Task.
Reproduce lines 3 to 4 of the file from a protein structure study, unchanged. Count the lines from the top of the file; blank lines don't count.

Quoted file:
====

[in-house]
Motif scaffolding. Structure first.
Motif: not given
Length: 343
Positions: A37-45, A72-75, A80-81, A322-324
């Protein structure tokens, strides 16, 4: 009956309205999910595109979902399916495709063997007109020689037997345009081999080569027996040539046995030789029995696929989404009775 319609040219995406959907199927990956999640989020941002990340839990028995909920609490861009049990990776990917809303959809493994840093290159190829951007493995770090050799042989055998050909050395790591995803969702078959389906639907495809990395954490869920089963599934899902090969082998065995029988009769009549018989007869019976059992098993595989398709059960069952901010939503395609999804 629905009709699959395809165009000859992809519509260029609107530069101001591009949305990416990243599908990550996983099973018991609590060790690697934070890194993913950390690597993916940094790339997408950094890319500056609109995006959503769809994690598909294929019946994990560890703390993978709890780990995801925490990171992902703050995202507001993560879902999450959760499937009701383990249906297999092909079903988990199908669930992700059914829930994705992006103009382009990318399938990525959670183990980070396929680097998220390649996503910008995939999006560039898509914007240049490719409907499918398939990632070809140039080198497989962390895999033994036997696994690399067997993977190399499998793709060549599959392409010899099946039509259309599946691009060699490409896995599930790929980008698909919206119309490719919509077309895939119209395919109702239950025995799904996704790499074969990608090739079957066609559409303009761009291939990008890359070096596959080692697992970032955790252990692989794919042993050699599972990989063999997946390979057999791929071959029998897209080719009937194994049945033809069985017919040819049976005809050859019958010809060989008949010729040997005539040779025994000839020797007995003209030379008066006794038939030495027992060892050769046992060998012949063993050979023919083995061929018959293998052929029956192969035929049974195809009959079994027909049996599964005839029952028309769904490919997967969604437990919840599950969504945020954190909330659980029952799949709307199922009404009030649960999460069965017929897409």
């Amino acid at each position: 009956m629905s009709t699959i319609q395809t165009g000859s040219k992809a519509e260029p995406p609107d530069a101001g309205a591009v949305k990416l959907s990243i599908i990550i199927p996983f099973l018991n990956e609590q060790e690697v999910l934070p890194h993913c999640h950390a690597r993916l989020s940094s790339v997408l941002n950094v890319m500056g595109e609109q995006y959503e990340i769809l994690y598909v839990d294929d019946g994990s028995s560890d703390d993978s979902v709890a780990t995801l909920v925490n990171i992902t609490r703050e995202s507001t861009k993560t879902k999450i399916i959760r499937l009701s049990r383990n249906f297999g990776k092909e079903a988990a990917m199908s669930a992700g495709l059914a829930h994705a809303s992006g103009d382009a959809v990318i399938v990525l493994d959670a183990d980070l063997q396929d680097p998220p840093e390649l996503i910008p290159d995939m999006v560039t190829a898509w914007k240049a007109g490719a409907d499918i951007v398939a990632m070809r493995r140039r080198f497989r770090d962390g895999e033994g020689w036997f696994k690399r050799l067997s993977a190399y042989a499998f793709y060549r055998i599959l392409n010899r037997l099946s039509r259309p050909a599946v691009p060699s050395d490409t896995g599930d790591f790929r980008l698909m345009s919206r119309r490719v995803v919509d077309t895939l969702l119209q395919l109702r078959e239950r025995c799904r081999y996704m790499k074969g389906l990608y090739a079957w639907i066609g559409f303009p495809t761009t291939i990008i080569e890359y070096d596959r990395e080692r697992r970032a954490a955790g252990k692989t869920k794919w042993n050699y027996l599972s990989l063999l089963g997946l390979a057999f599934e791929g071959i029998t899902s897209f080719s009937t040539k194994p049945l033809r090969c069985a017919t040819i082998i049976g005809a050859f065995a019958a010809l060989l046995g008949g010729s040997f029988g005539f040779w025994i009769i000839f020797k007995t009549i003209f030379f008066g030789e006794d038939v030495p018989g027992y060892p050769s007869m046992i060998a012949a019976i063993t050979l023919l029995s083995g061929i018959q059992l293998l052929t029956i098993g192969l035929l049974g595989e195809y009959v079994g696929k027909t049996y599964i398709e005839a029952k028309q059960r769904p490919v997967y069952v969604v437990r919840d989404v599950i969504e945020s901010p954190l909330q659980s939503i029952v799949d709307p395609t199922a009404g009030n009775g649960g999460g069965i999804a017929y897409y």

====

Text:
Motif: not given
Length: 343